If you get burgled in Leicestershire, police will only come and investigate if you live in an even numbered house. Seriously.
The Telegraph reports that it is all part of a three month trial to determine whether it will impact upon crime rates or public satisfaction. As part of the trial, police would only send forensics officers to even numbered homes that report attempted burglaries. Any crime that had either a potentially vulnerable victim or was suspected as being part of a related crime spree would continue to be investigated, though.
And here's the slightly counter-intuitive thing: It turns out to have been a really good idea. According to the Telegraph piece, there was no noticeable impact and of 1172 forensics visits only 33 suspects were identified. In other words, it seems that visits until now have been a pretty massive waste of resources - and this test has proved it. There is now talk of rolling out the same "evens only" policy to other areas to test it further afield.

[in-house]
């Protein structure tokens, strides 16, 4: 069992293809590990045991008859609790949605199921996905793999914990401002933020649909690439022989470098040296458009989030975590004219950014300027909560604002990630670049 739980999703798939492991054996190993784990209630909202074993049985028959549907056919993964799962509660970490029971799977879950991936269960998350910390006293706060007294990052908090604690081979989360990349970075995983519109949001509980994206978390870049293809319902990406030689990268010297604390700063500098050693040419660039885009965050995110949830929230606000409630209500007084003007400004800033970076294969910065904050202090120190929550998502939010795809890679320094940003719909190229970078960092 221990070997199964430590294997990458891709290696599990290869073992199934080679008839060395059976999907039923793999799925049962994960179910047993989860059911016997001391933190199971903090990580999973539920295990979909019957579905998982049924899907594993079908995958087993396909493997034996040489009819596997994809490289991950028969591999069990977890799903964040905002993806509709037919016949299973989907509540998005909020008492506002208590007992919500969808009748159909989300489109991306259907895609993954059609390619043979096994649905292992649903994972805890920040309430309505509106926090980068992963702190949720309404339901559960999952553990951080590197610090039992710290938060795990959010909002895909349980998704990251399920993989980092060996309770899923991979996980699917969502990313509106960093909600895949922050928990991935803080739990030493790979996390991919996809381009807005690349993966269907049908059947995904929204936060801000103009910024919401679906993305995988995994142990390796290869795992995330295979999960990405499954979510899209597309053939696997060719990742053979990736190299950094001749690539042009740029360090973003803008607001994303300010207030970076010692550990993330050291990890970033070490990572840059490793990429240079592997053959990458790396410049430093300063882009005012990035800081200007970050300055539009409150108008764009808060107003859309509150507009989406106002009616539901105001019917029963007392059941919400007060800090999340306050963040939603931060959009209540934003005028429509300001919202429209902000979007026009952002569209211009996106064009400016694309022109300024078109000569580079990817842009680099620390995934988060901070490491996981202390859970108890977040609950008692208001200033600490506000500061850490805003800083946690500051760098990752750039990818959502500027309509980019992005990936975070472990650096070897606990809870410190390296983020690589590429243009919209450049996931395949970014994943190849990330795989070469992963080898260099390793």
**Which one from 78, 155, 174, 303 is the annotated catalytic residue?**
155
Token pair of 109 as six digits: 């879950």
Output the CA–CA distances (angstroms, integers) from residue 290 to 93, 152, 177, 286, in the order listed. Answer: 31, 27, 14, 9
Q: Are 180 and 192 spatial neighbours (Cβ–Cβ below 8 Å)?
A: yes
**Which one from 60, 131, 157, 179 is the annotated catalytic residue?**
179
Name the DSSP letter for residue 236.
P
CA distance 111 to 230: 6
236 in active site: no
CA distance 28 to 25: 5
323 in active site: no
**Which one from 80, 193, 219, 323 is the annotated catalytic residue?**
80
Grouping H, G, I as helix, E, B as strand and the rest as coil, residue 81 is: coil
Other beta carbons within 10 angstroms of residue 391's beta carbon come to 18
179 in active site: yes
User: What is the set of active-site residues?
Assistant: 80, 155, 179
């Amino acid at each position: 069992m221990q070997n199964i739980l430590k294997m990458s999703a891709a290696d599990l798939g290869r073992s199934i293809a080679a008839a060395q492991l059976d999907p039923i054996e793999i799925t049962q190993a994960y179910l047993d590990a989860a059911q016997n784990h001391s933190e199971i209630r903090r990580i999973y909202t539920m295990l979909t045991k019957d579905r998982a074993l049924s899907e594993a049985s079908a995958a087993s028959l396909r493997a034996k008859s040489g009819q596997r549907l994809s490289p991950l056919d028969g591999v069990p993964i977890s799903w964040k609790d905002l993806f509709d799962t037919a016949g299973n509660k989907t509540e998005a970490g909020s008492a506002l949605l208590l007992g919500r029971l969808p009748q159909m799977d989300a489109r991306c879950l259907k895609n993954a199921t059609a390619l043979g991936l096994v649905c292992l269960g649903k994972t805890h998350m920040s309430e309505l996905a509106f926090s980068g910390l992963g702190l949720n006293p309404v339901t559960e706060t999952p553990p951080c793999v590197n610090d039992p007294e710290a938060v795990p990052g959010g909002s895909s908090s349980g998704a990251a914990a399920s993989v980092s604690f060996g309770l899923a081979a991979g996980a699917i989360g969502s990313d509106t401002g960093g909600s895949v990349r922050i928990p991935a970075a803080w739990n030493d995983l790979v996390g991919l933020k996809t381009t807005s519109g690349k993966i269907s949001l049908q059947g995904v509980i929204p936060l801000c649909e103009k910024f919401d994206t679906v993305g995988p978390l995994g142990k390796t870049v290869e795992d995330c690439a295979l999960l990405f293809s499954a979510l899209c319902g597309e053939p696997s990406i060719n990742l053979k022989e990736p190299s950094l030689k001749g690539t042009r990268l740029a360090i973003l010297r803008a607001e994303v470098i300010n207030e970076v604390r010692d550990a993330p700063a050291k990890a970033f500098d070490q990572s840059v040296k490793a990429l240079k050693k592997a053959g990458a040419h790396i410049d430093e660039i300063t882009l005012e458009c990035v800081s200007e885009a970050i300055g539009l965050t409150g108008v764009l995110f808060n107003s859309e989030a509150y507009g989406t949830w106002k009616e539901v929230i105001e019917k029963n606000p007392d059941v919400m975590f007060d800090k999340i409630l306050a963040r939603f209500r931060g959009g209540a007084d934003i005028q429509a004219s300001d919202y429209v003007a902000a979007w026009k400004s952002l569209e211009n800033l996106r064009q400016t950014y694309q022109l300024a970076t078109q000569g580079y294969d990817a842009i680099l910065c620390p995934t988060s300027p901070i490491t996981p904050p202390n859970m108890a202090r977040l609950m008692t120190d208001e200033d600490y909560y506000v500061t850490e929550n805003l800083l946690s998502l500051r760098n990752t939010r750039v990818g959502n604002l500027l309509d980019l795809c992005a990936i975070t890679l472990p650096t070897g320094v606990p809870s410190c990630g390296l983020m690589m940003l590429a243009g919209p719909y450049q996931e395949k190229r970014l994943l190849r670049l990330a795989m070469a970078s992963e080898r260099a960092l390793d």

Randomised control trials in public policy like this have been advocated by academics for some time, over a wide number of fields but are always likely to be controversial. One particularly contentious area is control trials over the distribution of humanitarian aid, as such trials could help experts figure out what the most effective interventions are (and thus the most effective way of spending our cash), but just as this police trial has literally stopped crimes from being thoroughly investigated, such a humanitarian aid trial would (to put it crudely) be like deciding who gets food and who doesn't. [The Telegraph]